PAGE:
I Need A Vacation – Or Is It A Holiday?

Friday, February 16th, 2018 | Posted by Violette Malan

National LampoonI wonder if there’s still a distinction to be made between holidays and vacations?* Back before “holy day” became “holiday” was there even such a thing as a vacation? Or were holy days really enforced vacations, in the sense that for some of them at least no work was allowed? Would that make the Sabbath a vacation as well as a holy day? Hmmm.

I’m fairly certain that while the two words are now considered synonyms (at least in English) the concept of a vacation as a time of recreational activities is a relatively new one. That is, not just a cessation of work on the part of one’s self, one’s servants and even on occasion one’s animals, but the active pursuing of another activity altogether. Did the Romans go on vacation? Did travelling for a holiday start with the “grand tours” of the 18th century? Or with seaside bathing in the 19th?

Since seaside bathing was considered healthy, as was “taking the waters” in resorts like Bath in England, Lanjeron in Spain, and Baden-Baden in Germany was travel to these places a vacation?

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Write a Short Story a Week Like Ray Bradbury

Wednesday, February 7th, 2018 | Posted by Sean McLachlan


Once many years ago, Ray Bradbury decided the best way to become a good short story writer was to write a whole bunch of them. So he committed to writing a short story every week for a year. He also decided the only way to get published was to submit short stories, so he submitted a story once a week for a year too.

It’s a simple formula many beginning writers just don’t get — you got to put in the effort, and you have to send your stuff out there. As Bradbury explained in this speech, practice will help you, and it is impossible to write 52 bad stories in a row.

So let me introduce you to Write1Sub1, an online group where we encourage each other to write and submit a short story every week. They don’t have to be the same short story, because you probably want to let a story sit for a while before going back and editing it with a fresh set of eyes.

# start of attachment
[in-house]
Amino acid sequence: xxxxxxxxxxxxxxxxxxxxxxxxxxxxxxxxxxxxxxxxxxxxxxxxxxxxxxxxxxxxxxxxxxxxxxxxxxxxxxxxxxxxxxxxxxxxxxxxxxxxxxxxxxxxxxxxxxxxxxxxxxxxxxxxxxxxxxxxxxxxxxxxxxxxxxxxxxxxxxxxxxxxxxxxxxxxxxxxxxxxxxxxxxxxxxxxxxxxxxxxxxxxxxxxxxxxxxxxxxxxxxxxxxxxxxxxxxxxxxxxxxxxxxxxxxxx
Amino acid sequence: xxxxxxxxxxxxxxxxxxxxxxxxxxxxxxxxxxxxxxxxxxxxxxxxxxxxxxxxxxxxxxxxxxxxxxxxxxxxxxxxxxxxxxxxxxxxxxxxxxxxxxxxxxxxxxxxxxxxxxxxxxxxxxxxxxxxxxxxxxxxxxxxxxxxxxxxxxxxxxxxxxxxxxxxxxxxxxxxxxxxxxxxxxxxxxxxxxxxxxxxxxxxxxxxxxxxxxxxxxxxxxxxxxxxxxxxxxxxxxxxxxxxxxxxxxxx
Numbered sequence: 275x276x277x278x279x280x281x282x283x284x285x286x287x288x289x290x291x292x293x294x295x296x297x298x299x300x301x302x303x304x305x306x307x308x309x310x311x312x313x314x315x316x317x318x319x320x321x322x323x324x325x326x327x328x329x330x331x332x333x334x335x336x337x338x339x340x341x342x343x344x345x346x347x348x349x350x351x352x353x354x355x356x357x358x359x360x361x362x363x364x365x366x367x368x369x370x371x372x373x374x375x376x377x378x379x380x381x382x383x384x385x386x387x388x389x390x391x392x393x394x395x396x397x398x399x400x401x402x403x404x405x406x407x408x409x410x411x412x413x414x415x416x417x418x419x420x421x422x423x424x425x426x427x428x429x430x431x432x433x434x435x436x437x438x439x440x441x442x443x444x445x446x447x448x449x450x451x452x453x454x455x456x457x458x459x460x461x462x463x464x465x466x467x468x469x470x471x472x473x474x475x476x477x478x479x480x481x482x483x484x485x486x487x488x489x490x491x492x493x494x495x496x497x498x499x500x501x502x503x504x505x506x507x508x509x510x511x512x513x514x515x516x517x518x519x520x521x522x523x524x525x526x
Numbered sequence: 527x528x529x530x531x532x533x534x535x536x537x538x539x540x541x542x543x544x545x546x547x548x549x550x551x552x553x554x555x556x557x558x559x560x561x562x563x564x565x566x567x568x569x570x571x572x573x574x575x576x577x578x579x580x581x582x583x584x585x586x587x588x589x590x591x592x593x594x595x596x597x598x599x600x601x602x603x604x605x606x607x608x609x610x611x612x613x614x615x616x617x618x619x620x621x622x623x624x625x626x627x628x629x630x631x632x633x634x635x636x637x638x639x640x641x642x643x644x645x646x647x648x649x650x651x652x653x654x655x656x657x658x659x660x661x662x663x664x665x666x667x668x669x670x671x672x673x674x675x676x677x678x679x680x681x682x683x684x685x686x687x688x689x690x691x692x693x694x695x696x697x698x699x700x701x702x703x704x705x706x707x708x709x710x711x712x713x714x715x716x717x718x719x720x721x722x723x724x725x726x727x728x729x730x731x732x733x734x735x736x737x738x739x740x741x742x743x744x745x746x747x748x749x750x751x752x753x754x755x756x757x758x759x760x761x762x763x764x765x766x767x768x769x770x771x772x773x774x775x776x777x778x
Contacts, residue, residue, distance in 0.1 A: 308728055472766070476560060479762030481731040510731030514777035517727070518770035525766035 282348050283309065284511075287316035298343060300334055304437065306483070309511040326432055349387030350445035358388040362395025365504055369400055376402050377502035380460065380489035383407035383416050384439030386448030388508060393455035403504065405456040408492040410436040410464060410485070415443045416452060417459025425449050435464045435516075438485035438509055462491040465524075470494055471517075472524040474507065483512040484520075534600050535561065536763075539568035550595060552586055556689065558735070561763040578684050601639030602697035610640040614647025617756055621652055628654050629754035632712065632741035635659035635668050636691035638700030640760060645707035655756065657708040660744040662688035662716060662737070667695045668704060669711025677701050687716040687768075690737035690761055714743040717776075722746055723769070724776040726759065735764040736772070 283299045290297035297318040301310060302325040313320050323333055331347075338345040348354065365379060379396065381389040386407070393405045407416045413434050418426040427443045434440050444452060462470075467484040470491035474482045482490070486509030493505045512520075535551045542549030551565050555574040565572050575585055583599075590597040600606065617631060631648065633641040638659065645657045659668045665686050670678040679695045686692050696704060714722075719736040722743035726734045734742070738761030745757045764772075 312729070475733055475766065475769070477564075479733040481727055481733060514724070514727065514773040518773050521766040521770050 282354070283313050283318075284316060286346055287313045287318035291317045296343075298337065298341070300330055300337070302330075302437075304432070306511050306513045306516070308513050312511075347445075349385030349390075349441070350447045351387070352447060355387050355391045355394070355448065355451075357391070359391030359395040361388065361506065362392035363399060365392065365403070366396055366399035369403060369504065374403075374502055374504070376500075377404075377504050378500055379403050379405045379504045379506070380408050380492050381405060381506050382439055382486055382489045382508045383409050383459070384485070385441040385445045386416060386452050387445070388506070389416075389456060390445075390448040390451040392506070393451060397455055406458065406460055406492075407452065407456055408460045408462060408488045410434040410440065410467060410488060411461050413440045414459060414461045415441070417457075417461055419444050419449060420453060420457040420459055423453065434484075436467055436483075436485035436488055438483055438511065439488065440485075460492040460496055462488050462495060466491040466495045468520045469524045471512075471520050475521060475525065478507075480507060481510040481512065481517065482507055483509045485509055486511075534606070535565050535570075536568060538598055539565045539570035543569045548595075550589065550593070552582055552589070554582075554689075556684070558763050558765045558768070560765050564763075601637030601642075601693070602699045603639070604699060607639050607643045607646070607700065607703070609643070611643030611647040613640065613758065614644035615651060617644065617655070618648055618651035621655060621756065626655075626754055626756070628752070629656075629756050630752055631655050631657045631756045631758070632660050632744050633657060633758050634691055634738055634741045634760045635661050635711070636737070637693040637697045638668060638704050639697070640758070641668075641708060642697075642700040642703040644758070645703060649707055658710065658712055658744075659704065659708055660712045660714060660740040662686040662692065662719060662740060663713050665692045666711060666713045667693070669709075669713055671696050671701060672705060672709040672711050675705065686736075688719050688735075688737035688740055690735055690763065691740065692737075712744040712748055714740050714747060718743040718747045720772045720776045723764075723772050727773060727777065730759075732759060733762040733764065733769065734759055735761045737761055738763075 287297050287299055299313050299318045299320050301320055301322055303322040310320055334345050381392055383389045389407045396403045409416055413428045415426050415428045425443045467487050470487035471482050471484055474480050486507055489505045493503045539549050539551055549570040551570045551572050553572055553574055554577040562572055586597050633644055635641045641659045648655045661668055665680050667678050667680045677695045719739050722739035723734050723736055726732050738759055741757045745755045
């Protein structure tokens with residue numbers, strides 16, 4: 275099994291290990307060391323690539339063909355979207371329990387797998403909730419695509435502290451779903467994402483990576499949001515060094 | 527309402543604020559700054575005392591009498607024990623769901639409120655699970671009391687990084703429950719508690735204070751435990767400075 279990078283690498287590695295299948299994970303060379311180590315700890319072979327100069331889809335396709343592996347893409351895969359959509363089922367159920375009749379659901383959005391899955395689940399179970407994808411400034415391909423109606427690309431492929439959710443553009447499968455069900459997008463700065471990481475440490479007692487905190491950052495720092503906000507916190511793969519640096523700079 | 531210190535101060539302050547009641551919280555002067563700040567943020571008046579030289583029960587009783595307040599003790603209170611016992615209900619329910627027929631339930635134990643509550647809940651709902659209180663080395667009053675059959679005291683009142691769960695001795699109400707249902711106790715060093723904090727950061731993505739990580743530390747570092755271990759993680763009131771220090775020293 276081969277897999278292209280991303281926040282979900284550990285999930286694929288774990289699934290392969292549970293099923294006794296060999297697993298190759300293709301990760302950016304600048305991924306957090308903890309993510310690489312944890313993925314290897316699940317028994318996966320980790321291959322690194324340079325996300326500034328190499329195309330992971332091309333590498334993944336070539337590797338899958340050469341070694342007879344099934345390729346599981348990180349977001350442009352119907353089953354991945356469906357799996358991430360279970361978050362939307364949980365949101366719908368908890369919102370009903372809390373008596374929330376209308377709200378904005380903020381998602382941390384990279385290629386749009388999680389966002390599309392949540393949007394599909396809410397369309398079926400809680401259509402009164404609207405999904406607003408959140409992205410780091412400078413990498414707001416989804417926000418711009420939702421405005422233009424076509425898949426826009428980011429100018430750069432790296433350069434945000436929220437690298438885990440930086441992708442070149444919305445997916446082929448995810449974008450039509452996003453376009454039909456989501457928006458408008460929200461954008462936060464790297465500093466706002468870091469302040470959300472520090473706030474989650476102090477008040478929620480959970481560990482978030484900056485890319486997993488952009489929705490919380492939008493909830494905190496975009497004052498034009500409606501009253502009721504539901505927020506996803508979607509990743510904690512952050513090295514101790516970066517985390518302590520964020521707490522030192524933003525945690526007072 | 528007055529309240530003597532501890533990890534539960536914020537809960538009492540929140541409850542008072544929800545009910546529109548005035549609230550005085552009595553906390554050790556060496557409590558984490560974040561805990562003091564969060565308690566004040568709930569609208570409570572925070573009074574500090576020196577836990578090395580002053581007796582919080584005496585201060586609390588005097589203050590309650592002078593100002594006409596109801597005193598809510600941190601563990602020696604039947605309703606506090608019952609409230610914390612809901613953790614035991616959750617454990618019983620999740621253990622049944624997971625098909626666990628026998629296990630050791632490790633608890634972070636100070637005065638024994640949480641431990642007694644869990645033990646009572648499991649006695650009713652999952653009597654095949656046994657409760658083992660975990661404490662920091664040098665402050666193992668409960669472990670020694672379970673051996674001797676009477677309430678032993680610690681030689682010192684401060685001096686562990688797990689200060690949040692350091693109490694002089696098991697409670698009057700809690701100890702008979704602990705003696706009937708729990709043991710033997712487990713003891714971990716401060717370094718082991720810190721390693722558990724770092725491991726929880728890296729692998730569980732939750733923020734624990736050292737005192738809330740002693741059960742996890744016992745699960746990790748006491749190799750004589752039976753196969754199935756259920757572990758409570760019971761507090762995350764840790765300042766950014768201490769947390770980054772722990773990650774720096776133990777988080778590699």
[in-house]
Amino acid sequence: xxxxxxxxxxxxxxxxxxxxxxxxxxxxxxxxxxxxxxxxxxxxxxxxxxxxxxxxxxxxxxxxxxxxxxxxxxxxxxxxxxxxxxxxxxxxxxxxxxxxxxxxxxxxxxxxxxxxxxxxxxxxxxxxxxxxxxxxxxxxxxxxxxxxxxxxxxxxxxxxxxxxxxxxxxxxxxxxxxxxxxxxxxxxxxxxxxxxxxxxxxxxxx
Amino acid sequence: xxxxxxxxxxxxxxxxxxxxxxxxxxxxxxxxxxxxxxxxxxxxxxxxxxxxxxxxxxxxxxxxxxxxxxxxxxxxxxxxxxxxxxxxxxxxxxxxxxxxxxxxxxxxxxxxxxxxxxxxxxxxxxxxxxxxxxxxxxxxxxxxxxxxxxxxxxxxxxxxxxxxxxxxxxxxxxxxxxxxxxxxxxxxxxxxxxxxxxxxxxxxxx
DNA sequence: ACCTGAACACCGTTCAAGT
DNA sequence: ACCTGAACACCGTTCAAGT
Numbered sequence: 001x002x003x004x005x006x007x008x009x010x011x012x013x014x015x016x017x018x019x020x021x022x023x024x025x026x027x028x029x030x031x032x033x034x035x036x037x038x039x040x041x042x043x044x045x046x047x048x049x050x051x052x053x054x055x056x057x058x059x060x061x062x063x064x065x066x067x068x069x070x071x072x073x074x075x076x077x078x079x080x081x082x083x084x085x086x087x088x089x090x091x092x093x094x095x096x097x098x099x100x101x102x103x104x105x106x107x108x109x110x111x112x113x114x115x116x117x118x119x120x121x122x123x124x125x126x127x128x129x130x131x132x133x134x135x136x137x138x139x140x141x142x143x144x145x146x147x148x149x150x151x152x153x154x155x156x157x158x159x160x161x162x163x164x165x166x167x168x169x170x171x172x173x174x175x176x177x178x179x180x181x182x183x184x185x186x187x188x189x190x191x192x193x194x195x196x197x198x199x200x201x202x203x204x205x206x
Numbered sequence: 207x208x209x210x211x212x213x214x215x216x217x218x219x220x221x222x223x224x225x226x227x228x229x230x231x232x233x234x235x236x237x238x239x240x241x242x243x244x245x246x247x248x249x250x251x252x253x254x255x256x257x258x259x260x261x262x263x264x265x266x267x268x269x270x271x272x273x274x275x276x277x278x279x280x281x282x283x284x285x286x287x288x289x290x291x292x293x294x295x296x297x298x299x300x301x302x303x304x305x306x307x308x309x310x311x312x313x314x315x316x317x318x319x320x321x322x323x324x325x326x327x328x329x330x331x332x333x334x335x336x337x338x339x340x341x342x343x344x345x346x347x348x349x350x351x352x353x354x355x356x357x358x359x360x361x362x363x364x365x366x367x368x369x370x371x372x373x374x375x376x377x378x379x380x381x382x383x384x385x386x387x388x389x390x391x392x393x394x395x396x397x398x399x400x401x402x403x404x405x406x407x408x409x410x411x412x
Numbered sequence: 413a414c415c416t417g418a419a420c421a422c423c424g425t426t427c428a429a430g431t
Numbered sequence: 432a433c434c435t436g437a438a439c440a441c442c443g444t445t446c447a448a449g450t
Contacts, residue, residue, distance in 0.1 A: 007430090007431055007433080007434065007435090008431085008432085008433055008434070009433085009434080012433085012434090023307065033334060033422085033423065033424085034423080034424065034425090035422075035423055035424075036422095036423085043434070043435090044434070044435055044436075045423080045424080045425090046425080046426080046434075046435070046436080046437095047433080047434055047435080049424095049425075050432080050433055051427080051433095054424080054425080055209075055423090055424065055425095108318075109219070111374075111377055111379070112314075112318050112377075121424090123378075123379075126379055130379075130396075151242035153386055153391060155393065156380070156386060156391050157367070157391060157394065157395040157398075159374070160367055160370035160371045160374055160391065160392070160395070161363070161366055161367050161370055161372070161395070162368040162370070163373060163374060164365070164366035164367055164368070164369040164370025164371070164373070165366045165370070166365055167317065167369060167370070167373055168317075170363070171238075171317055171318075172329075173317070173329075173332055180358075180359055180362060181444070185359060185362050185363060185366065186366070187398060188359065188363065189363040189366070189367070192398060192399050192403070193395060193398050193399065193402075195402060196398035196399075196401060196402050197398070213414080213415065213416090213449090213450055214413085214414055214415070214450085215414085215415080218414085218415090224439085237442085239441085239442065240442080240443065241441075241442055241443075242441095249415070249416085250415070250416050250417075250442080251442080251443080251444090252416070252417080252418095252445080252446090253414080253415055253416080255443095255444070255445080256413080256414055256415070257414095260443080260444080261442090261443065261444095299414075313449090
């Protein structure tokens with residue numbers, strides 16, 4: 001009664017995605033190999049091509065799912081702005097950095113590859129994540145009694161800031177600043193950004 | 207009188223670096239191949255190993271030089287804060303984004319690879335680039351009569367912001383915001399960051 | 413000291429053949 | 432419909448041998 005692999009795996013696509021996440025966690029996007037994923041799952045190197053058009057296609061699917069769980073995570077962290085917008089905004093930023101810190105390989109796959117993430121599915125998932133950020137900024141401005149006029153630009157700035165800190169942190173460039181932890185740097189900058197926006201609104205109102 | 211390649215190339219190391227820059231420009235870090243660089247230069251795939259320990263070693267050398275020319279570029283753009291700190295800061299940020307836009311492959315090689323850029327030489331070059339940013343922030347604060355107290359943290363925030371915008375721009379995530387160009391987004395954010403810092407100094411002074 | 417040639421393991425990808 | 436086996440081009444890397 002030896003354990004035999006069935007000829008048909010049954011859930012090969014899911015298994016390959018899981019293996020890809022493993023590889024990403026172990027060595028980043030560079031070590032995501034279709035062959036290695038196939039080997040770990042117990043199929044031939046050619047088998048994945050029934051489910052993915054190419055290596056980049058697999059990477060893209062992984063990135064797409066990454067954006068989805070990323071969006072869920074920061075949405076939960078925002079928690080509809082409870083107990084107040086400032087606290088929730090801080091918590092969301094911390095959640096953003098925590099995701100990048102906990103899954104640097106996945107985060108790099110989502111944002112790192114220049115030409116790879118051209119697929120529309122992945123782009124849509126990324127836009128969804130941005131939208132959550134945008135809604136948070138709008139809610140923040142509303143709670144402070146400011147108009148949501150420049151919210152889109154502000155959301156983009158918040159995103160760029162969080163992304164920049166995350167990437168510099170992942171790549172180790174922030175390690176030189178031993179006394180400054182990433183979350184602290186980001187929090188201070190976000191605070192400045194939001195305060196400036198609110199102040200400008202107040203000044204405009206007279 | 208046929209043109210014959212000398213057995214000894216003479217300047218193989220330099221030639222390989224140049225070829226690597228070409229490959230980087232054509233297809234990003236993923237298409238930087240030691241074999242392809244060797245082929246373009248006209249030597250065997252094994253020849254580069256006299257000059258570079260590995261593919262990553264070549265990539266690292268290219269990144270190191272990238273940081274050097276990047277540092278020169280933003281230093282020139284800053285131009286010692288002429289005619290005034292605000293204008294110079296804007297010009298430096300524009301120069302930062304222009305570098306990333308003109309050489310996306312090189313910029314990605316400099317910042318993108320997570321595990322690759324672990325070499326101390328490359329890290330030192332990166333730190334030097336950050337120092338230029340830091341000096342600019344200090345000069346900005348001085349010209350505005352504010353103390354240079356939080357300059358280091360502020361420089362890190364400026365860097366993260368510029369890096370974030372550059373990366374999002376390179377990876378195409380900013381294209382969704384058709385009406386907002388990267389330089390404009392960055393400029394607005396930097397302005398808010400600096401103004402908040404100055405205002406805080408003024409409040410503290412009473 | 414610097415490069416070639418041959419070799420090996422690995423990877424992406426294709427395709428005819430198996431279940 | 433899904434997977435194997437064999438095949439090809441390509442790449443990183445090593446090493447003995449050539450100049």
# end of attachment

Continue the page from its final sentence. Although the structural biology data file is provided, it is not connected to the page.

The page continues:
Many of us (including yours truly) are more novelists at heart, so if you don’t think you can face a weekly challenge, you can write and submit once a month. When I did this challenge back in 2014, I tried the weekly challenge. I burned out after four months, but got 16 stories written, more short stories than all previous years combined. Many got published in magazines and anthologies and the rest assembled into a collection I indie published. It really does work!

Check us out on our Facebook page. It costs nothing but your time, commitment, and perhaps your immortal soul. Keep on writing!

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Tell Me A Story

Monday, January 22nd, 2018 | Posted by Elizabeth Cady

Tell Me a Story-smallMy resolution for 2018 was to write more.

(Me and almost every other writer on the planet. If there’s one thing writers fight doing, it is actually getting the words down. I don’t know why that is, although therapists make millions off the question.)

To that ends, our noble and fearless leader has allowed me a tiny corner here to once again regale (or torment, depending on how you feel about such things) you on what’s tickling my brain. In the past we’ve talked ancient myth, and I imagine we will be on the playground a bit.

But currently, I find most of my time these days absorbing different media. I don’t read as much as I would like (although I could read 18 hours a day and I would say the same thing), but the Mom Life means I spend a fair bit of time listening.

I’m not alone in that. The Audio Publishers Association reported last year that they’d seen three years straight of growth in sales above 30%. Audible doesn’t release membership numbers but did report in 2016 that they’d logged over 1.6 BILLION listening hours in the previous year.

It’s the age of the audiobook. Our ubiquitous phones mean that listening is easy and portable, and interfacing between devices means that it is almost seamless. I can pick up my phone, read a book for ten minutes while dinner is cooking, then switch over to the audiobook and let the narrator read the next chapter while I do the dishes, then switch back to the printed format to read in bed. And I’ll never lose my place.

For myself, audiobooks and podcasts fill a valuable function. I spend a lot of time in fairly mindless, rote tasks that are, for lack of a better word, really boring. I manage a household of two elementary kids, a husband with demanding work hours, two cats, and a dog. The laundry alone is a job, and let’s not talk about how many hours I spend in the car.